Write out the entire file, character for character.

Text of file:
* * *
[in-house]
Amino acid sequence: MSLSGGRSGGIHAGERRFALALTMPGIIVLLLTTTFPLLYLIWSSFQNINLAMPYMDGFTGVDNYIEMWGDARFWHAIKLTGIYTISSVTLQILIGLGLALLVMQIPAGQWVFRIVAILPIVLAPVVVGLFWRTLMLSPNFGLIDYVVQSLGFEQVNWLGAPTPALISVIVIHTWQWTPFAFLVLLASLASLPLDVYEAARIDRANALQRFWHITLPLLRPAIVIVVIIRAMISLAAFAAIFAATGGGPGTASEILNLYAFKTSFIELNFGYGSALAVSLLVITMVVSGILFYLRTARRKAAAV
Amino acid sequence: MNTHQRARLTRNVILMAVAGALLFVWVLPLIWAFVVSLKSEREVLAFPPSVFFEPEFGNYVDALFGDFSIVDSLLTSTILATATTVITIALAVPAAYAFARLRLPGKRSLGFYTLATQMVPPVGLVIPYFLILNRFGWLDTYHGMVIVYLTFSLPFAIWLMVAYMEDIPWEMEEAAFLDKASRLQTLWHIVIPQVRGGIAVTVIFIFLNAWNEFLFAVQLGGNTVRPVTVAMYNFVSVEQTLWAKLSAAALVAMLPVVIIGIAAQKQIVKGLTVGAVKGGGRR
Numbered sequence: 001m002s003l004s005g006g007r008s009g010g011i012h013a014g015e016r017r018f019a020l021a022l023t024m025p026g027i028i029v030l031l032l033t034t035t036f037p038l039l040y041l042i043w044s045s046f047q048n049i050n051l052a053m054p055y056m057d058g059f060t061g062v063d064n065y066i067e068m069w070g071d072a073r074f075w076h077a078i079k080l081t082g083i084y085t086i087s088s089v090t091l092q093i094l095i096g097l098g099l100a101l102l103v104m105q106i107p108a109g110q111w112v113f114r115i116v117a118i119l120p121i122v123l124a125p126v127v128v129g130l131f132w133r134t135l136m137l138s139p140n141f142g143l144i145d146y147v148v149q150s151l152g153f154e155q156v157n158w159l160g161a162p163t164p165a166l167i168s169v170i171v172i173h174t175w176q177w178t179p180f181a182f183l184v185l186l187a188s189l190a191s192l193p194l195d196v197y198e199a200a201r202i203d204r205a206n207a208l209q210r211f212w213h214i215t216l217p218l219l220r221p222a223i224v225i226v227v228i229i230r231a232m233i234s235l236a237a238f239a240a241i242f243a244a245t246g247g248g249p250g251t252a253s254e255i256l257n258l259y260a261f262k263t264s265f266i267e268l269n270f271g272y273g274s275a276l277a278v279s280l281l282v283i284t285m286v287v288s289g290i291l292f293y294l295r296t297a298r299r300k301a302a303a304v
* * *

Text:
[in-house]
Amino acid sequence: MSLSGGRSGGIHAGERRFALALTMPGIIVLLLTTTFPLLYLIWSSFQNINLAMPYMDGFTGVDNYIEMWGDARFWHAIKLTGIYTISSVTLQILIGLGLALLVMQIPAGQWVFRIVAILPIVLAPVVVGLFWRTLMLSPNFGLIDYVVQSLGFEQVNWLGAPTPALISVIVIHTWQWTPFAFLVLLASLASLPLDVYEAARIDRANALQRFWHITLPLLRPAIVIVVIIRAMISLAAFAAIFAATGGGPGTASEILNLYAFKTSFIELNFGYGSALAVSLLVITMVVSGILFYLRTARRKAAAV
Amino acid sequence: MNTHQRARLTRNVILMAVAGALLFVWVLPLIWAFVVSLKSEREVLAFPPSVFFEPEFGNYVDALFGDFSIVDSLLTSTILATATTVITIALAVPAAYAFARLRLPGKRSLGFYTLATQMVPPVGLVIPYFLILNRFGWLDTYHGMVIVYLTFSLPFAIWLMVAYMEDIPWEMEEAAFLDKASRLQTLWHIVIPQVRGGIAVTVIFIFLNAWNEFLFAVQLGGNTVRPVTVAMYNFVSVEQTLWAKLSAAALVAMLPVVIIGIAAQKQIVKGLTVGAVKGGGRR
Numbered sequence: 001m002s003l004s005g006g007r008s009g010g011i012h013a014g015e016r017r018f019a020l021a022l023t024m025p026g027i028i029v030l031l032l033t034t035t036f037p038l039l040y041l042i043w044s045s046f047q048n049i050n051l052a053m054p055y056m057d058g059f060t061g062v063d064n065y066i067e068m069w070g071d072a073r074f075w076h077a078i079k080l081t082g083i084y085t086i087s088s089v090t091l092q093i094l095i096g097l098g099l100a101l102l103v104m105q106i107p108a109g110q111w112v113f114r115i116v117a118i119l120p121i122v123l124a125p126v127v128v129g130l131f132w133r134t135l136m137l138s139p140n141f142g143l144i145d146y147v148v149q150s151l152g153f154e155q156v157n158w159l160g161a162p163t164p165a166l167i168s169v170i171v172i173h174t175w176q177w178t179p180f181a182f183l184v185l186l187a188s189l190a191s192l193p194l195d196v197y198e199a200a201r202i203d204r205a206n207a208l209q210r211f212w213h214i215t216l217p218l219l220r221p222a223i224v225i226v227v228i229i230r231a232m233i234s235l236a237a238f239a240a241i242f243a244a245t246g247g248g249p250g251t252a253s254e255i256l257n258l259y260a261f262k263t264s265f266i267e268l269n270f271g272y273g274s275a276l277a278v279s280l281l282v283i284t285m286v287v288s289g290i291l292f293y294l295r296t297a298r299r300k301a302a303a304v